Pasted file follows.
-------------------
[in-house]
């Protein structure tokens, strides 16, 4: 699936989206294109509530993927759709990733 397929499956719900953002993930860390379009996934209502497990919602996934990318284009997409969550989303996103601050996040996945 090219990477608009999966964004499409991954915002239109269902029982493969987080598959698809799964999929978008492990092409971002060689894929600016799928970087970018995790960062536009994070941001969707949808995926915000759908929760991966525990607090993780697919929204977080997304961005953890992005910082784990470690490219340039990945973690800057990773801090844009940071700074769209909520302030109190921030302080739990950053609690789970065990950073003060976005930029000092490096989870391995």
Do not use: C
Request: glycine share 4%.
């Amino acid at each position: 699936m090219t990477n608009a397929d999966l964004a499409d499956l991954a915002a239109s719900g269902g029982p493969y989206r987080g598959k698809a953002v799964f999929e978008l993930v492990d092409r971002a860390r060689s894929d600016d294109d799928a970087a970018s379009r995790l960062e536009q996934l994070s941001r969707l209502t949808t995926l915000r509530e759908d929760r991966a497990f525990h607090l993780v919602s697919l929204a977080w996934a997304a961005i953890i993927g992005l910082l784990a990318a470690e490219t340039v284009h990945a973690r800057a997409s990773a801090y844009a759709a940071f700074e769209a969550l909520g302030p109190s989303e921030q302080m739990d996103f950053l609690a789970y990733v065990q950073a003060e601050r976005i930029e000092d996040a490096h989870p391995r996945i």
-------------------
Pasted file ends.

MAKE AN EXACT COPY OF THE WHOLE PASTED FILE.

[in-house]
């Protein structure tokens, strides 16, 4: 699936989206294109509530993927759709990733 397929499956719900953002993930860390379009996934209502497990919602996934990318284009997409969550989303996103601050996040996945 090219990477608009999966964004499409991954915002239109269902029982493969987080598959698809799964999929978008492990092409971002060689894929600016799928970087970018995790960062536009994070941001969707949808995926915000759908929760991966525990607090993780697919929204977080997304961005953890992005910082784990470690490219340039990945973690800057990773801090844009940071700074769209909520302030109190921030302080739990950053609690789970065990950073003060976005930029000092490096989870391995």
Do not use: C
Request: glycine share 4%.
């Amino acid at each position: 699936m090219t990477n608009a397929d999966l964004a499409d499956l991954a915002a239109s719900g269902g029982p493969y989206r987080g598959k698809a953002v799964f999929e978008l993930v492990d092409r971002a860390r060689s894929d600016d294109d799928a970087a970018s379009r995790l960062e536009q996934l994070s941001r969707l209502t949808t995926l915000r509530e759908d929760r991966a497990f525990h607090l993780v919602s697919l929204a977080w996934a997304a961005i953890i993927g992005l910082l784990a990318a470690e490219t340039v284009h990945a973690r800057a997409s990773a801090y844009a759709a940071f700074e769209a969550l909520g302030p109190s989303e921030q302080m739990d996103f950053l609690a789970y990733v065990q950073a003060e601050r976005i930029e000092d996040a490096h989870p391995r996945i």